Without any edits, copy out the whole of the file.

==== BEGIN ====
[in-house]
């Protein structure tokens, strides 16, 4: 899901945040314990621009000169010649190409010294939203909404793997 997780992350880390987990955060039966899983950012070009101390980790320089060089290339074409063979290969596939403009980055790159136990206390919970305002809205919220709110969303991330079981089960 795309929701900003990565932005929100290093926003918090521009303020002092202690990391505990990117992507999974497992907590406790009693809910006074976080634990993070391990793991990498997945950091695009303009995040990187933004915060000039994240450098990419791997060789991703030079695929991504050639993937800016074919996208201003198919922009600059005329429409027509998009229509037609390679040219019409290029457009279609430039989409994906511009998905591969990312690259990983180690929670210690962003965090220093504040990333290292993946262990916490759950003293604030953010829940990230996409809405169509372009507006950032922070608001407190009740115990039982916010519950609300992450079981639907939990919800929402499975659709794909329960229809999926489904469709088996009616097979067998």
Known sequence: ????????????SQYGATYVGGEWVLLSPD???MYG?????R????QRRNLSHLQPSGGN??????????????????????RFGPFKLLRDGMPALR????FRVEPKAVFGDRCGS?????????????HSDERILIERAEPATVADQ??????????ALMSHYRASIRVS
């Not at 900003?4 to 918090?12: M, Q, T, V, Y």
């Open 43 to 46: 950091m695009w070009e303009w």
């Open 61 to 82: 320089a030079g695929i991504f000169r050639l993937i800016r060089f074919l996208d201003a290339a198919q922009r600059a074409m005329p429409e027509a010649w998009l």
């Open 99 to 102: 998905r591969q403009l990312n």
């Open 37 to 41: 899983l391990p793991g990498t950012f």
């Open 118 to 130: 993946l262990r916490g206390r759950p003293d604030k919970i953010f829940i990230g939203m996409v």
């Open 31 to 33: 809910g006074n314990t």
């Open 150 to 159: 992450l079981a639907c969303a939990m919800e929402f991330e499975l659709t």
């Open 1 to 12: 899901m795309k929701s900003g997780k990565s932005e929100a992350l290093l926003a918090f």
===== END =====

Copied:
[in-house]
């Protein structure tokens, strides 16, 4: 899901945040314990621009000169010649190409010294939203909404793997 997780992350880390987990955060039966899983950012070009101390980790320089060089290339074409063979290969596939403009980055790159136990206390919970305002809205919220709110969303991330079981089960 795309929701900003990565932005929100290093926003918090521009303020002092202690990391505990990117992507999974497992907590406790009693809910006074976080634990993070391990793991990498997945950091695009303009995040990187933004915060000039994240450098990419791997060789991703030079695929991504050639993937800016074919996208201003198919922009600059005329429409027509998009229509037609390679040219019409290029457009279609430039989409994906511009998905591969990312690259990983180690929670210690962003965090220093504040990333290292993946262990916490759950003293604030953010829940990230996409809405169509372009507006950032922070608001407190009740115990039982916010519950609300992450079981639907939990919800929402499975659709794909329960229809999926489904469709088996009616097979067998």
Known sequence: ????????????SQYGATYVGGEWVLLSPD???MYG?????R????QRRNLSHLQPSGGN??????????????????????RFGPFKLLRDGMPALR????FRVEPKAVFGDRCGS?????????????HSDERILIERAEPATVADQ??????????ALMSHYRASIRVS
């Not at 900003?4 to 918090?12: M, Q, T, V, Y």
């Open 43 to 46: 950091m695009w070009e303009w």
């Open 61 to 82: 320089a030079g695929i991504f000169r050639l993937i800016r060089f074919l996208d201003a290339a198919q922009r600059a074409m005329p429409e027509a010649w998009l």
């Open 99 to 102: 998905r591969q403009l990312n």
């Open 37 to 41: 899983l391990p793991g990498t950012f």
């Open 118 to 130: 993946l262990r916490g206390r759950p003293d604030k919970i953010f829940i990230g939203m996409v």
């Open 31 to 33: 809910g006074n314990t």
């Open 150 to 159: 992450l079981a639907c969303a939990m919800e929402f991330e499975l659709t």
């Open 1 to 12: 899901m795309k929701s900003g997780k990565s932005e929100a992350l290093l926003a918090f």